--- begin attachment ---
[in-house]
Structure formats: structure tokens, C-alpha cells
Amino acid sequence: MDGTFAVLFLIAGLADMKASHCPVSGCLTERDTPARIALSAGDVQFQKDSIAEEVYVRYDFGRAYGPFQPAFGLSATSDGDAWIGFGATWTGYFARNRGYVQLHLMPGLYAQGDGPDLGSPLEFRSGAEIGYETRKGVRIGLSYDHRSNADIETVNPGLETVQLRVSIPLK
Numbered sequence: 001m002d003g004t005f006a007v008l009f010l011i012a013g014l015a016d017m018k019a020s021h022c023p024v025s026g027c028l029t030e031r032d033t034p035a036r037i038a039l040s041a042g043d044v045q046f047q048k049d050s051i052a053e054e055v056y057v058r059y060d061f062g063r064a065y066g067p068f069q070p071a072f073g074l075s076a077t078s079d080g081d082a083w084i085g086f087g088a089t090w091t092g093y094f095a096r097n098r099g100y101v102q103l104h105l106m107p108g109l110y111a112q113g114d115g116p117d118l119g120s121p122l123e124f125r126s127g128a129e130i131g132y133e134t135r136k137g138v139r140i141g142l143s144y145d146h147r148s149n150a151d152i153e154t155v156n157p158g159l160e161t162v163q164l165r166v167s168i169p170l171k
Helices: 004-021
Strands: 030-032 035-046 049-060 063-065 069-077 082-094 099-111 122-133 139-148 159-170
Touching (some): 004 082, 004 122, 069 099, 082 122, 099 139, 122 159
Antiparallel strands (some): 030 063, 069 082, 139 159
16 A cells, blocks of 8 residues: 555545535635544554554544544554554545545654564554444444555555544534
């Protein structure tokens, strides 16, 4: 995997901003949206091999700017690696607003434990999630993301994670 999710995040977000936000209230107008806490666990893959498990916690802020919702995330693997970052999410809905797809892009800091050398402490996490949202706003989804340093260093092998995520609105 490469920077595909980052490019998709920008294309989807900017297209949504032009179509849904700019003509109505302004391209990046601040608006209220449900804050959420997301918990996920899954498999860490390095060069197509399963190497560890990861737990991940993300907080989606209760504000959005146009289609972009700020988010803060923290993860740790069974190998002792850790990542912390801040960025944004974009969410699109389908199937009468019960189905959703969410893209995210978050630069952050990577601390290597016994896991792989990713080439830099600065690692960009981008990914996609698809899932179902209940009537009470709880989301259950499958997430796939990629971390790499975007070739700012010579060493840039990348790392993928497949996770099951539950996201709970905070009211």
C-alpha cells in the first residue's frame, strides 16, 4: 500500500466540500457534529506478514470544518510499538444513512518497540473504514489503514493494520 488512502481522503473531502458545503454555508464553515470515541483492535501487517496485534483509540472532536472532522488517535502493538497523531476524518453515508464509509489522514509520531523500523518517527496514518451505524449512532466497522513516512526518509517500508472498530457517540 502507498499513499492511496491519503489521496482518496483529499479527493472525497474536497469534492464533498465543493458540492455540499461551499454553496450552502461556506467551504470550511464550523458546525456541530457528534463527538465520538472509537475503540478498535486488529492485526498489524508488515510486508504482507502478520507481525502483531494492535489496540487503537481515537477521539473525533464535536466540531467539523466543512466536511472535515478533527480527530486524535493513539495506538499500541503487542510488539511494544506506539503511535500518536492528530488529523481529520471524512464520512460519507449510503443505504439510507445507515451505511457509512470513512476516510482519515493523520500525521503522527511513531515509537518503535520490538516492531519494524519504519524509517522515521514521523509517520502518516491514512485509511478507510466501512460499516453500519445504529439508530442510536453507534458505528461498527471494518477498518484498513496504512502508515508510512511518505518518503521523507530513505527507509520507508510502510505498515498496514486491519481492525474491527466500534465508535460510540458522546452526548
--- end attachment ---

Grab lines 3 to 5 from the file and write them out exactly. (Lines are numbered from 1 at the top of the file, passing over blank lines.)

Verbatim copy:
Amino acid sequence: MDGTFAVLFLIAGLADMKASHCPVSGCLTERDTPARIALSAGDVQFQKDSIAEEVYVRYDFGRAYGPFQPAFGLSATSDGDAWIGFGATWTGYFARNRGYVQLHLMPGLYAQGDGPDLGSPLEFRSGAEIGYETRKGVRIGLSYDHRSNADIETVNPGLETVQLRVSIPLK
Numbered sequence: 001m002d003g004t005f006a007v008l009f010l011i012a013g014l015a016d017m018k019a020s021h022c023p024v025s026g027c028l029t030e031r032d033t034p035a036r037i038a039l040s041a042g043d044v045q046f047q048k049d050s051i052a053e054e055v056y057v058r059y060d061f062g063r064a065y066g067p068f069q070p071a072f073g074l075s076a077t078s079d080g081d082a083w084i085g086f087g088a089t090w091t092g093y094f095a096r097n098r099g100y101v102q103l104h105l106m107p108g109l110y111a112q113g114d115g116p117d118l119g120s121p122l123e124f125r126s127g128a129e130i131g132y133e134t135r136k137g138v139r140i141g142l143s144y145d146h147r148s149n150a151d152i153e154t155v156n157p158g159l160e161t162v163q164l165r166v167s168i169p170l171k
Helices: 004-021